Review Summary: Turisas improves dramatically since their debut, releasing an album that can be described as an epic achievement of symphonic metal.6 of 6 thought this review was well written
Finnish band Turisas
made quite a splash within the metal community with their debut album Battle Metal
. Hailed as the new kings of the Viking/Folk metal genre, the band showed their affinity for epic orchestrations and an atmosphere befitting of a band playing their self proclaimed style of metal known as “battle metal”. Interestingly enough for a band dubbing their genre in such a way, there are no songs depicting battles on this album. Rather, The Varangian Way
tells the story of a group of Vikings, or Varangians as they were known because they were traveling from the North to Constantinople. Nearly all parts of the album were written by vocalist Mathias “Warlord” Nygard, and he leads Turisas in a direction that shows a band that has matured past writing nostalgic folky melodies and adding an obligatory orchestra part over every riff.
Make no mistake, the symphony playing with the band is still present at nearly every step, so much so that the listener will feel taken aback when the orchestra is not there, such as in the chorus of Cursed be Iron
. The difference on the Varangian
Way is that it is used to better effect at complimenting the music, rather than as an effect as on Battle Metal
. This is fortunate for the band, as the riffs are generally not anything special or overtly technical, but rather are set up to support the orchestra over the top which can carry the songs. Horns and strings are used to their full effect on songs like A Portage to the Unknown
and Fields of Gold
, playing melodies that set the scene of a ship full of Vikings.
There is a downfall to this heavy use of the orchestra however, and this is that Turisas can tend to get carried away, resulting in a cheesiness factor that can be distracting to the listener. The instrumental break after the first chorus in To Holmgard and Beyond
shows how overbearing this liberal use of the orchestra can be. Guitars and drums race along to a galloping riff at a blistering pace, with a lethargic string and horn accompaniment that ends up negating some of the intensity that the band is striving to build. Warlord Nygard can also get carried away with histrionics. In Five Hundred and One
, a member of the group must part ways with the crew, and Nygard chose to portray this with a ridiculous solo vocal performance reminiscent of a Broadway play.
These instances are few and far between, however, and the listener cannot help but be drawn into the atmosphere that Turisas have displayed here. The music carries the listener through every step of the story, with melodies that easily aid in depicting what is happening to the Vikings. The opener To Holmgard and Beyond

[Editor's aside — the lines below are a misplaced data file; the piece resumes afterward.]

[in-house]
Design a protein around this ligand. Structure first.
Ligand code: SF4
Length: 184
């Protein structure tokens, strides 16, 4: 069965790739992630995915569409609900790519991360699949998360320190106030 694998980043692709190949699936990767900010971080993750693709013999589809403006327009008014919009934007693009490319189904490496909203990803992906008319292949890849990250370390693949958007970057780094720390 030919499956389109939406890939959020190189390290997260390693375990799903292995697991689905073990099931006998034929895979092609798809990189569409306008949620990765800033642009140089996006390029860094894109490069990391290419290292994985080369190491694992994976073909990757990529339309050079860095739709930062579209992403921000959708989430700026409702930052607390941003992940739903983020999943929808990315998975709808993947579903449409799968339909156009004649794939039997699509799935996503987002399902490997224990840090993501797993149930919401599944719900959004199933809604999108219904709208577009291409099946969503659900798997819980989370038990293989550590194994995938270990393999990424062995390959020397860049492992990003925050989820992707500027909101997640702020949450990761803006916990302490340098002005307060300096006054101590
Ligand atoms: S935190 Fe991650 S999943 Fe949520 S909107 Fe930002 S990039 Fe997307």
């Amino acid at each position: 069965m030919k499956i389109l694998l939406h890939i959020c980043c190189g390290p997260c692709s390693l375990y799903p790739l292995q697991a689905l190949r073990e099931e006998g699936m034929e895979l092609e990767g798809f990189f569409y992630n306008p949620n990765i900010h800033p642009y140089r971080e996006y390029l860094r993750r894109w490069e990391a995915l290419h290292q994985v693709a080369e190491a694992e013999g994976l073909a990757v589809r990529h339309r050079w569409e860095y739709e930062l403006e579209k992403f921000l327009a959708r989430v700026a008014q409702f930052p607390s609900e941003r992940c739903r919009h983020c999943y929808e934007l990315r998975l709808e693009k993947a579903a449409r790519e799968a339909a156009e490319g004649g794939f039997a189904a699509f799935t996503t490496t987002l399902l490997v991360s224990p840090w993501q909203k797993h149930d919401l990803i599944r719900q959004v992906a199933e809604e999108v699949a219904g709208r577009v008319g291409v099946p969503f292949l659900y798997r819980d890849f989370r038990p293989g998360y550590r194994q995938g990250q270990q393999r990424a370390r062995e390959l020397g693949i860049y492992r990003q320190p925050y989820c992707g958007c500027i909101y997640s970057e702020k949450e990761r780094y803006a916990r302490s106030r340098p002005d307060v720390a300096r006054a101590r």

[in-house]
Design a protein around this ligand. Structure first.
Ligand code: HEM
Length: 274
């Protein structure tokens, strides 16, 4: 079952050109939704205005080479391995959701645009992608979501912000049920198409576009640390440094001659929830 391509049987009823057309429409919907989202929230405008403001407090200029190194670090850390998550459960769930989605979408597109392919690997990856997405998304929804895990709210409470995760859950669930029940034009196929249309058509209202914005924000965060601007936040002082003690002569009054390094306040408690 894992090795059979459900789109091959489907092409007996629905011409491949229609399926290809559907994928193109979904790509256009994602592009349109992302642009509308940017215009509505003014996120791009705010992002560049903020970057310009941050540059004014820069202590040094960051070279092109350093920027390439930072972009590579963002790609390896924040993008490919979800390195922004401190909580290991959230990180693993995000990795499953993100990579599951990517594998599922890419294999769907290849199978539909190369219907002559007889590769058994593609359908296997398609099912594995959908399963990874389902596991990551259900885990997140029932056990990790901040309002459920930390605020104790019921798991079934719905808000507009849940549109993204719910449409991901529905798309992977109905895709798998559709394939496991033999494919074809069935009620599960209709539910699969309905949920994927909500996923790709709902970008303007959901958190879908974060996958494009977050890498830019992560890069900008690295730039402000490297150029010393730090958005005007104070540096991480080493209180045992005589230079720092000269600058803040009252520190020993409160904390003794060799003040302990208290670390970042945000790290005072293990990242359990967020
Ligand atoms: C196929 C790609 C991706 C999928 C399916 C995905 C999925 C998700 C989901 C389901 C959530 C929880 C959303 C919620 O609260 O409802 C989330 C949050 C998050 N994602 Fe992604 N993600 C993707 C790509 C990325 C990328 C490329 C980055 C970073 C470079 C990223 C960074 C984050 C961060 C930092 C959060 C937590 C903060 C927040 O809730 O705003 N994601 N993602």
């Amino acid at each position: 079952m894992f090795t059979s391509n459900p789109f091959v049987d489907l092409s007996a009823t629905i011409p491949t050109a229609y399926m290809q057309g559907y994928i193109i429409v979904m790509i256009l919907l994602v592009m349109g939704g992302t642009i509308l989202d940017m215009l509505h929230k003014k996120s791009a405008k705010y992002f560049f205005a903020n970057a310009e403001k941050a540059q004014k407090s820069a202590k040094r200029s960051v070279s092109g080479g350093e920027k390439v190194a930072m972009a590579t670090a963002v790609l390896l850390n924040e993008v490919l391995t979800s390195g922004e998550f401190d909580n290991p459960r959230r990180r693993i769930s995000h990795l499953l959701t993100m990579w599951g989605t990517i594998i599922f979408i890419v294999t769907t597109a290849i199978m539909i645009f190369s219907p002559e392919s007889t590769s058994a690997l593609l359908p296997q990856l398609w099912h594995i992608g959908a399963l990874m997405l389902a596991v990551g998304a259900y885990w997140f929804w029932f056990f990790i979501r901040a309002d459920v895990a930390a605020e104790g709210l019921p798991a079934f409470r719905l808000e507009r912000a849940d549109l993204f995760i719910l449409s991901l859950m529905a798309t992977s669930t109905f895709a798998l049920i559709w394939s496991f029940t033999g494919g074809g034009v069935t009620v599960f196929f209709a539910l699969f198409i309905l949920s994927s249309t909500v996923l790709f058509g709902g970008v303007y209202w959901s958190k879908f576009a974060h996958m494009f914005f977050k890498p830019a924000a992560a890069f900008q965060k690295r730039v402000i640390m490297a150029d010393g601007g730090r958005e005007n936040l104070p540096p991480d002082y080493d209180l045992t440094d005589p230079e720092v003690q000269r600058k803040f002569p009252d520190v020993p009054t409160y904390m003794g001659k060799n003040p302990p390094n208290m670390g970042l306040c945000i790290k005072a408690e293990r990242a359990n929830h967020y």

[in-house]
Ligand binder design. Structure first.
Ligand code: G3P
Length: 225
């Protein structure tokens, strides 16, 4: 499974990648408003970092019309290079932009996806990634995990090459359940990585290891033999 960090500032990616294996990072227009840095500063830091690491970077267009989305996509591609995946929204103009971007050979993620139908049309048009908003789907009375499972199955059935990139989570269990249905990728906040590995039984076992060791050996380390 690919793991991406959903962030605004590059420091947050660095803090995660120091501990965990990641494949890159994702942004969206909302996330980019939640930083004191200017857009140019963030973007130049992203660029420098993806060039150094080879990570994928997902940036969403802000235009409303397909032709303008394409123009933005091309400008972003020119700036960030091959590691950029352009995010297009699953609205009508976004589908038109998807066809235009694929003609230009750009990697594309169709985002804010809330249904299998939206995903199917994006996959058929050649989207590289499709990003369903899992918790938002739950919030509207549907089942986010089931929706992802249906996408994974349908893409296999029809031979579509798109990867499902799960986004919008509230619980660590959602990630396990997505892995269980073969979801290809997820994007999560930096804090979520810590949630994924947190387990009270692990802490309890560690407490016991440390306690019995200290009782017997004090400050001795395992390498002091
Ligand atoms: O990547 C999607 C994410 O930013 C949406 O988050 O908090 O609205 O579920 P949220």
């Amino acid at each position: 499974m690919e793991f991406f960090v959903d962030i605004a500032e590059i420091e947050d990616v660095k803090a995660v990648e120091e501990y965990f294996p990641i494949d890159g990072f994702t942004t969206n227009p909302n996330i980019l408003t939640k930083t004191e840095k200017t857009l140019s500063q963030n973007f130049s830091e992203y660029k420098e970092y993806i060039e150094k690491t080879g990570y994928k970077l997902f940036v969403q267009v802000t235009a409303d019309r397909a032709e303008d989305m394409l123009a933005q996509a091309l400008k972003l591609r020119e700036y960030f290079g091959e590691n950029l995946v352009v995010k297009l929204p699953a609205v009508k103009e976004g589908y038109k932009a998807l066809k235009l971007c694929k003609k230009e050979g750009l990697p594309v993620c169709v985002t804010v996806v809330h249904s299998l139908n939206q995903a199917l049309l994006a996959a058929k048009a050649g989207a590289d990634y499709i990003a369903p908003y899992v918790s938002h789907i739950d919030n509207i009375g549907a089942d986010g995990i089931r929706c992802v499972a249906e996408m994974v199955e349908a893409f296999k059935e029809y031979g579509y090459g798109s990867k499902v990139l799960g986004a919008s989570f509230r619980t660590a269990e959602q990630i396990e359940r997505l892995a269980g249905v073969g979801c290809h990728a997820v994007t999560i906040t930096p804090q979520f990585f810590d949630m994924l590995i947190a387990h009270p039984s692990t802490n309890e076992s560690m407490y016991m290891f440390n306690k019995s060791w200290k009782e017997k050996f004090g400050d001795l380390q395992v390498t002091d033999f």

has one of the catchiest choruses you will ever hear in a metal song. The band had an accordion player join full time, and he is put to good use in the afore-mentioned Cursed be Iron
, accompanying Nygard’s wonderful playful vocal melody in the verse. In the Court of Jarisleif
shows that Turisas can play folk metal without coming off as too much of a novelty act, even with violins playing a melody reminiscent of a polka tune, the skillful rhythm work of the guitar and drums keeps the track from becoming too stale. Both male and female choirs are used often on this album, the outro of Five Hundred and One
must be mentioned for its chorus chanting a melody that is at once both uplifting and somber. Finally, the epic closer Miklagard Overture
covers nearly the full spectrum of Turisas’ music in one 8 minute song, complete with a folky acoustic verse, a crushing chorus and even an electric violin solo. The song builds up to an epic close with a female choir as the Vikings set their sights, finally, upon their goal of Constantinople.
A key element to Turisas’ brand of symphonic metal is the quality of the production. The production on The Varangian Way
is fantastic, with all of the instruments being well balanced. The guitars were brought up in the mix compared to Battle Metal
, while still keeping the orchestra as the focus of the music where appropriate. The bass levels may generate some rumbling from fans; however the bass is at an appropriate level to add some much needed low end without showing off. The drums will be my last mention, the snare sound being especially crisp. Turisas have really progressed since their debut album, The Varangian Way
shows that they can not only compose good songs, but create a whole album that results in a satisfying experience.